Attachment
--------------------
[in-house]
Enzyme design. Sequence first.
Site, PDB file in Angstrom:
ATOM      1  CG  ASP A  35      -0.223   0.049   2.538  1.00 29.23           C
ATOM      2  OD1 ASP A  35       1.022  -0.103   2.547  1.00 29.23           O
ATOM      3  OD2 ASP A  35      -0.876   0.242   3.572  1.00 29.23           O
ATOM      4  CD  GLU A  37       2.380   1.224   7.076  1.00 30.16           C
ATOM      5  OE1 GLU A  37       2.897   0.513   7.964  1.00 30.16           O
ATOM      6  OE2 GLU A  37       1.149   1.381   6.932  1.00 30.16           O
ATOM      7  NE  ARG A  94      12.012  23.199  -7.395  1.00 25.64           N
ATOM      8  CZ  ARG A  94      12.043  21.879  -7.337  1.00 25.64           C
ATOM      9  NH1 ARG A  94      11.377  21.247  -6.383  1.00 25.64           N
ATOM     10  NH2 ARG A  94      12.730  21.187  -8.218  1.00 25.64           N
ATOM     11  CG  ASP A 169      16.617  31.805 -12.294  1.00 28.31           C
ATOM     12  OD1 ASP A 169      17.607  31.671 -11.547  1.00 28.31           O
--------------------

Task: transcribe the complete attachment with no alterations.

[in-house]
Enzyme design. Sequence first.
Site, PDB file in Angstrom:
ATOM      1  CG  ASP A  35      -0.223   0.049   2.538  1.00 29.23           C
ATOM      2  OD1 ASP A  35       1.022  -0.103   2.547  1.00 29.23           O
ATOM      3  OD2 ASP A  35      -0.876   0.242   3.572  1.00 29.23           O
ATOM      4  CD  GLU A  37       2.380   1.224   7.076  1.00 30.16           C
ATOM      5  OE1 GLU A  37       2.897   0.513   7.964  1.00 30.16           O
ATOM      6  OE2 GLU A  37       1.149   1.381   6.932  1.00 30.16           O
ATOM      7  NE  ARG A  94      12.012  23.199  -7.395  1.00 25.64           N
ATOM      8  CZ  ARG A  94      12.043  21.879  -7.337  1.00 25.64           C
ATOM      9  NH1 ARG A  94      11.377  21.247  -6.383  1.00 25.64           N
ATOM     10  NH2 ARG A  94      12.730  21.187  -8.218  1.00 25.64           N
ATOM     11  CG  ASP A 169      16.617  31.805 -12.294  1.00 28.31           C
ATOM     12  OD1 ASP A 169      17.607  31.671 -11.547  1.00 28.31           O